Sonic R (Saturn) review
"Sonic the Hedgehog has several things going for him. Decked out in sleek blue fur and stylish red sneakers, he’s the epitome of what a game mascot should be. He’s hip, cool, and fun to be around. Though his obsession with chilidogs isn’t exactly healthy, he’s still far more of an interesting and dynamic character than his rival over at Nintendo. Image aside, Sega’s blue blur has one thing going for him: his pure, unbridled speed. Once those feet of his start up, it’ll take an act of God (or a we..."
Sonic the Hedgehog has several things going for him. Decked out in sleek blue fur and stylish red sneakers, he’s the epitome of what a game mascot should be. He’s hip, cool, and fun to be around. Though his obsession with chilidogs isn’t exactly healthy, he’s still far more of an interesting and dynamic character than his rival over at Nintendo. Image aside, Sega’s blue blur has one thing going for him: his pure, unbridled speed. Once those feet of his start up, it’ll take an act of God (or a well-placed bottomless pit or spike strip) to slow him down. But is Sonic the Hedgehog truly the fastest bipedal mascot in gaming history? The minds behind the series tried to answer that by giving us Sonic R, a poor attempt cash in on the popularity of franchise-themed racing games.
That’s right, ladies and gentlemen, Sonic and his furry little pals are no longer out to save the world from the evil clutches of Dr. Robotnik. Instead, they’ve decided to take a little break from the heroics and have a friendly competition to see who is the quickest mammal around. There are no more animals that need saving, no gigantic weapons of mass destruction to dismantle, and there’s an absolute lack of villainous robots running amuck. That doesn’t mean that evil is taking a break, however. Dr. Robotnik may not be plotting for world domination at the moment, but he’s driving one of his latest machines in attempt to outdo Sonic and his friends and become the fastest competitor in all the land.
Don’t worry, all you die-hard Sonic fans, despite the abrupt departure from the usual gameplay of the series, much as been retained and converted for special use in Sonic R. Instead of running from one end of a level to the other, you’ll have to run through a race track for three laps, outpacing the likes of Robotnick, Tails, Knuckles, and Amy. Much of the track designs come straight from older Sonic games; you’ll have run fast enough to clear roads that loop upside-down, jump along loving platforms and avoid bottomless pits, use springs and panels to boost your speed, and even collect the dozens of golden rings that are strewn about everywhere. Instead of following the usual format of using the rings as a means to defend yourself against enemies, these little trinkets can be used to gain the upper hand during the race. If you run over one of the boost panels on the track, it’ll suck away your coins and increase your speed based on how many coins you’ve amassed. Also, coins can be spent to unlock certain gates, allowing you to use shortcuts to leave your opponents in the dust.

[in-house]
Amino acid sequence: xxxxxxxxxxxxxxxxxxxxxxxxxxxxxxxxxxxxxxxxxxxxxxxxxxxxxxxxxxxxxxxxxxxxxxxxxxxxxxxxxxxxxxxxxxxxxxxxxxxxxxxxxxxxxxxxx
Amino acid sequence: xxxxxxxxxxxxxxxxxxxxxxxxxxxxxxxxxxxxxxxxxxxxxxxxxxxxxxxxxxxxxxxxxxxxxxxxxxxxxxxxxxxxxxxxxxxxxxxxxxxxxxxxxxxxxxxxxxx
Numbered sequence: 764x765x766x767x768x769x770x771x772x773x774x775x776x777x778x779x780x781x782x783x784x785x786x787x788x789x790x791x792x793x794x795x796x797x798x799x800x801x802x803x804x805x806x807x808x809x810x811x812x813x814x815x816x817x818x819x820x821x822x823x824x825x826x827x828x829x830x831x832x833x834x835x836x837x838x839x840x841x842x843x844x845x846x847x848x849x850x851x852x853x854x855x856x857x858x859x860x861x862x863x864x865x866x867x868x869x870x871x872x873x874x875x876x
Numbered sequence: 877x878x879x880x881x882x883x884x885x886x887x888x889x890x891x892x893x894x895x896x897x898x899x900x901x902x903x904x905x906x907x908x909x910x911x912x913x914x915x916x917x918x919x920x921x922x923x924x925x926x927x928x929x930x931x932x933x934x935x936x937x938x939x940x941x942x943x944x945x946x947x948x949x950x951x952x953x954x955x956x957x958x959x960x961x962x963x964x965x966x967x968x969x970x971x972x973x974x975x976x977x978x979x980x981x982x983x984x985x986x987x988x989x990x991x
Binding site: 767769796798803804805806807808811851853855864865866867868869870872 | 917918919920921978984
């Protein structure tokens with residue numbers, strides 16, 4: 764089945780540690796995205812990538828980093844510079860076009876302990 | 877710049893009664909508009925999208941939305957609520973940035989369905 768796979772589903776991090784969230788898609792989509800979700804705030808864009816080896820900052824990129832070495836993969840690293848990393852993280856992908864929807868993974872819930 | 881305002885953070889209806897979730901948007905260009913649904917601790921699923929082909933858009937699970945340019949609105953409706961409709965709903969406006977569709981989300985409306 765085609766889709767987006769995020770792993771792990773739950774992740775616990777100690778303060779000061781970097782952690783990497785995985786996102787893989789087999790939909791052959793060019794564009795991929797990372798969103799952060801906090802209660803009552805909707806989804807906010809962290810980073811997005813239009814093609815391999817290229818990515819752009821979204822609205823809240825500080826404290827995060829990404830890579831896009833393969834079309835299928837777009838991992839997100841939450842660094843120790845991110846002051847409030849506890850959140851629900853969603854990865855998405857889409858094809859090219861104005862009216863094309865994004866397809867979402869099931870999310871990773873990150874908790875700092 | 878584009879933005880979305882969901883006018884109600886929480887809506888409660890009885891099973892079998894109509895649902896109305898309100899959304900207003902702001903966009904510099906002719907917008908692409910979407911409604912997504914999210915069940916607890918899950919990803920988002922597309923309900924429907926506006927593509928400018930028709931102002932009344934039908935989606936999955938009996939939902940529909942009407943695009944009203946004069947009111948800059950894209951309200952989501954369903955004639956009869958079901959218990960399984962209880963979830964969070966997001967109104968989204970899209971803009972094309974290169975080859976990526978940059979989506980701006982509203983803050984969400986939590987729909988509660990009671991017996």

In fact, Sonic R encourages you to explore the levels; there is not one beaten track, but several. You’ll find that the paths frequently split apart, wrap around each other, and eventually end up in a garbled mess that requires time to figure out correctly. Some paths may be smoother and easier to handle, whereas others feature more hazards, jumps, and obstacles that need to be overcome. The problem is that such exploration eliminates any possibility of an organized race; there’s nothing quite as aggravating as falling from first place by taking a different route, or cheating by ditching the track entirely at the right moment and cutting across the surrounding arena. It doesn’t help that the game is filled with glitches, allowing characters to run through walls and miss jumps that would otherwise doom another racer. The sluggish controls, sloppy AI, and occasionally awkward camera angles don’t do the game justice, either.
Despite such glaring flaws, Sonic R does have a few positive points. Though the game only has five tracks to explore between the main races, Time Attack, and Versus Modes, they are crafted in the three-dimensional imagery of their 2D forefathers. You’ll be able to run across sandy beaches and sprint across the tide, run across wooden bridges and up hills with ease. You’ll get lost in ancient tombs, race through winding freeways that wrap around a small city, and wander through one of Robotnik’s decrepit factories. Sonic and the gang have been faithfully morphed into three dimensions, allowing you to view their cartoony eyes, spiky hair, and color costumes in all their polygonal glory. However, the truly best part of the game lies with the music; you’ll fall in love with the irritatingly cheerful (but catchy!) vocals and techno beats once you get an earful.
Unfortunately, not even such an interesting presentation can save this game from its descent into mediocrity. In their attempt to create a rival for Mario Kart 64, Sega created a monster of a racing game. Yes, Sonic R features many of the characters you’ve come to know and love from the series. Yes, the game boasts plenty of levels and designs from the 2D games. However, the incredibly jumbled track structures and overemphasis on exploration drag the game down from greatness; though the game is far different from other racing titles, its unusual gameplay makes it too unbalanced and broken to be taken seriously. The lacking features and unpolished aspects ultimately seals Sonic R to its fate as a game worth forgetting.
Community review by disco (January 07, 2007)
Disco is a San Francisco Bay Area native, whose gaming repertoire spans nearly three decades and hundreds of titles. He loves fighting games, traveling the world, learning new things, writing, photography, and tea. Not necessarily in that order.
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